An internal report on equal opportunity released by the U.S. Navy found "widespread but subtle bias against Black and Hispanic sailors and other minorities in its ranks." Among the shortcomings cited in the report were "failure to direct recruiting ads to minority-dominated areas; enlist highly qualified Blacks; instill a sense of racial and ethnic equality in training; and guide minorities equitably into technical fields." The study also found that Black and Hispanic sailors were promoted less quickly than Whites, though rates of promotion varied from grade to grade. In response to the report, Admiral Carlisle Trost, chief of naval operations, instructed naval officers "to maintain a climate in the Navy that provides the opportunity for our people to perform and achieve realistic goals."
1988 (Dec 20)
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Max Robinson, the first Black news anchorman on American network television, dies of complications relating to AIDS in Washington, D.C., at age forty-nine.
Max Robinson, the first Black news anchorman on American network television, died of complications relating to AIDS in Washington, D.C., at age forty-nine. Robinson, who had worked as a news anchor at WTPO-TV in Washington, became a co-anchor with Peter Jennings and Frank Reynolds on the ABC-TV Network's “Evening News” in 1978. Carl Bernstein, chief of the ABC News bureau in Chicago, said Robinson was "deliberately excluded from any decision-making related to the newscast." In a speech at Smith College in February 1981, Robinson accused ABC of racism. Two years later, after the death of Reynolds, Jennings was named sole anchor of the "Evening News" and Robinson was "relegated to weekend anchor stints and news briefs." The next year he left ABC and joined WMAQ-TV in Chicago, Illinois. In June 1985, Robinson entered a hospital suffering from "emotional and physical exhaustion." He never returned to full-time news reporting. In commenting on Robinson's death, Roone Arledge, president of ABC News, said, "he made an important contribution to ABC News for which we will always be grateful."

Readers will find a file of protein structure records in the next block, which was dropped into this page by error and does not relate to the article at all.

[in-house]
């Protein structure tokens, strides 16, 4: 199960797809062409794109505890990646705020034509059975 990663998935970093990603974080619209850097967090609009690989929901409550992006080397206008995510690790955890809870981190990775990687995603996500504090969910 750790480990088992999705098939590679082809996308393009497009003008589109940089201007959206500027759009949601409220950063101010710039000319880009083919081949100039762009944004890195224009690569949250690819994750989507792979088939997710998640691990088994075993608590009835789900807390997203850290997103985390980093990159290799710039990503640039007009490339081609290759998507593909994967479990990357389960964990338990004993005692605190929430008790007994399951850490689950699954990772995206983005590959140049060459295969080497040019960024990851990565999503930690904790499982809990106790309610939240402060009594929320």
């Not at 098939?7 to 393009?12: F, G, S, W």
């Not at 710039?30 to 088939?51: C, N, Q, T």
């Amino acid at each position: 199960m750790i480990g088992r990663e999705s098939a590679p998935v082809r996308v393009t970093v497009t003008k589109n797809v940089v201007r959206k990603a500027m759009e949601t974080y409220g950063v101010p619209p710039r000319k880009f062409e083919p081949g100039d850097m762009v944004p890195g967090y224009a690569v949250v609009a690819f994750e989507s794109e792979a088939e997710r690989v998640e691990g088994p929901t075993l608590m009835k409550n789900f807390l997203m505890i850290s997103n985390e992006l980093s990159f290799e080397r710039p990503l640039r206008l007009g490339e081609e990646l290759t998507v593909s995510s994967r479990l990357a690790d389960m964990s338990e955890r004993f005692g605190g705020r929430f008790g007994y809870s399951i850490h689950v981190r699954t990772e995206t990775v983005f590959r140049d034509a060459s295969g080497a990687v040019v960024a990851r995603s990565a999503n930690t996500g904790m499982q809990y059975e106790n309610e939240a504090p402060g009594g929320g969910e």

1988 (Dec 28)
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Widespread discussion begin in Black American communities throughout the United States over the proper ethnic designation for Americans of African origins.
Widespread discussion began in Black American communities throughout the United States over the proper ethnic designation for Americans of African origins. Former Democratic presidential candidate Jesse L. Jackson, leaders of the NAACP, and others had agreed during a conference in Chicago that “African American" was the preferable term and should replace "Black," which gained prominence during the civil rights movement of the 1960s. Jackson said the term African American “places us in our proper historical context." The Reverend B. Herbert Martin, head of the Human Relations Commission in Chicago, and others disagreed. Martin said a change in nomenclature from "Black to African American amounted to little more than semantics."